Last term, the Union of Jewish Students invited me to join them and the Holocaust Education Trust on their ‘Lessons from Auschwitz’ programme. It took me quite a while (just over two months) to write this blog. Predominantly, that’s because I just couldn’t find the words and, for anyone who knows me, you’ll probably understand that’s quite an unusual predicament! I felt awkward trying to discuss cold facts, disjointed with my personal experience, and then, after all, who am I to talk about a personal experience that pales into insignificance compared to so much loss and tragedy?
Our plane landed in Krakow just after 10.30am and we made the journey to Oswiecim, the town that neighbours Auschwitz-Birkenau. One of the most important elements of beginning to contemplate the Holocaust is to understand not just what’s there, but what’s not there anymore. We visited the site of the Great Synagogue, of which pretty much nothing remains. A similar thing can be said of the Polish-Jewish population, of three million Jews that lived in Poland before 1939, only around 15, 000 remain today.
The trip from Oswiecim to Auschwitz was short and it wasn’t too long before we were stood below that infamous ‘Arbeit Macht Frei’ sign. The rabbi on the trip with us had told us there was no correct way to feel at Auschwitz - some laugh, some cry, some don’t say anything at all, to some it’s a tourist attraction, to others, a pilgrimage. As we walked round and explored the brick houses that had been used to imprison people, people just like us, I felt what can only be described as a weight settle in my stomach. It made me want to cry from frustration and grief and find every single person who might have been affected to apologise.
Each room at Auschwitz has been turned into an exhibition of the artefacts left over when the camps were liberated. We looked at everything from handwritten register of prisoners, to photographs of the various detainees. There were massive collections of pots, pans, crockery and boot brushes. The shoes that had been taken from people were behind a glass display panel, some not dissimilar designs to what you might buy in Topshop now. We moved into another room, and as we approached the window, we found ourselves looking at human hair. When people were murdered at Auschwitz, they ensured that every part of the body was mutilated and used. The hair of Jewish people was used to make textiles and fill mattresses. For days afterward, I woke up and remembered the hair, still swept back and tangled with pins, as it had been cut off the head of older women. I won’t ever forget the plaits that were held in place with yellow and red ribbons, evidently plaited on a little girl’s head before someone sheared it off and likely sent her to the gas chamber (as a rule, women, children and the elderly were all murdered pretty soon after their arrival at Auschwitz).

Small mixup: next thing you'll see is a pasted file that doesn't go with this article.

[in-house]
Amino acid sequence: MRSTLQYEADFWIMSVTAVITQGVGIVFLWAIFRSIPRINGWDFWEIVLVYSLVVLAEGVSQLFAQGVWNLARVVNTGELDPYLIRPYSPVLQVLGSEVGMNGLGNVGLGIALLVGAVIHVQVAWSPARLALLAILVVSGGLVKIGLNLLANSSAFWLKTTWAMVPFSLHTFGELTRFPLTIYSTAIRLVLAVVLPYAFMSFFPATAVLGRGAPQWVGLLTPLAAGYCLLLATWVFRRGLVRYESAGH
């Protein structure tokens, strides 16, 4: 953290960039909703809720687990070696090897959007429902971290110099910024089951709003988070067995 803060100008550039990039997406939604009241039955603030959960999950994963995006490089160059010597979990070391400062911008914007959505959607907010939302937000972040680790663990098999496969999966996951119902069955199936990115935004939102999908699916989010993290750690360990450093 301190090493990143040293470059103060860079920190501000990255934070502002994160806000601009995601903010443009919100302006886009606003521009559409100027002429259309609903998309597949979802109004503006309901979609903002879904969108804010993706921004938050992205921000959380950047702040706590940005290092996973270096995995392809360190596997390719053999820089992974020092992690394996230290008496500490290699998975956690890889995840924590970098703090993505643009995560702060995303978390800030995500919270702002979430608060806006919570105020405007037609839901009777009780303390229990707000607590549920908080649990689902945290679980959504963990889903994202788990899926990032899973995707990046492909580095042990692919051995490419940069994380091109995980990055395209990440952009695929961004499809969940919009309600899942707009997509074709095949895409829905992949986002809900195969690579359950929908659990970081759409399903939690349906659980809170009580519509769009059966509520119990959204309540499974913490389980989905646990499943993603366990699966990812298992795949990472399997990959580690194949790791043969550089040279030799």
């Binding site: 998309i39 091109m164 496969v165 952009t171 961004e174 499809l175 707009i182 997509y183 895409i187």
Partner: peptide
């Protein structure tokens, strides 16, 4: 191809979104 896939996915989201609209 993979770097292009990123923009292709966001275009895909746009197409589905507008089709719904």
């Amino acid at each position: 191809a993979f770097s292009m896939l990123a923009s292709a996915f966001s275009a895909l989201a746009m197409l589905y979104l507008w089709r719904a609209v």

The last part of this camp that we visited were the gas chambers - a room disguised as a shower room where victims were told to get clean, some were even handed towels and soap to maintain the illusion, before they were murdered.
From there, we moved to Birkenau where the railway tracks had been extended to run all the way into the camp, meaning that as soon as the prisoners left the trains, SS doctors were able to decide if they were fit enough to face labour, or only good for the gas chamber. There and then, families were separated and more than half were sent to their deaths. We visited a few buildings where our guide explained how thousands of individuals were dehumanised - cramped on bunks, having even their food and opportunities to use toilet facilities limited. Some point around then, my toes went a bit numb from the cold, and, I realised that the two pairs of socks and walking boots I wore were far more than any prisoner would have had, and the day was relatively mild.
At the railway tracks, we held a small remembrance service, lit candles in remembrance and listened to the rabbi as he blew the shofar and sang the Jewish prayer for the victims. It was such an important moment, as it stands as a direct challenge to those who tried to eradicate Judaism entirely, and failed.
We then travelled back to the airport, got on a plane, and I got back into York at around midnight. My experience of Auschwitz lasted only a day but it was an experience that will be with me for the rest of my life. For the next couple of days, I functioned in a sort of daze, feeling grateful for everything from a warm shower, to a cup of tea, to having hair to style. I found myself mourning millions of people who I had never met, and would never get to meet. I had never felt so disgusted by human cruelty, or so in awe of the human condition’s ability to carry on. We were told as we were walking around the camps, that a lot of the ground we walked on was made up of the ashes of the victims and I haven’t been able to wear my boots since, it just doesn’t feel right.
Being the literary geek I am, all I kept thinking as I walked around was of that scene in The History Boys, where all the questions are raised about Auschwitz, where do they eat their lunch? Do they hold hands when they visit? And Bennett’s question “What if you were to write this was so far beyond one's experience, silence is the only proper response?” If there is one thing I know for certain, it is that it is beyond important that we continue to visit the site, and continue to talk about it. We don’t need to explain it, but If we stop talking, there is a risk that this may happen again, and we, as humans, have a responsibility to not let that happen.
The 27th January is National Holocaust Memorial Day - YUSU has worked with JSoc, the Uni and the City Council to support and host a series of events. Please attend, listen, and don’t be afraid to talk about it.
You can find out more about the events here http://hmd.org.uk/events/find/Yorkshire%20and%20The%20Humber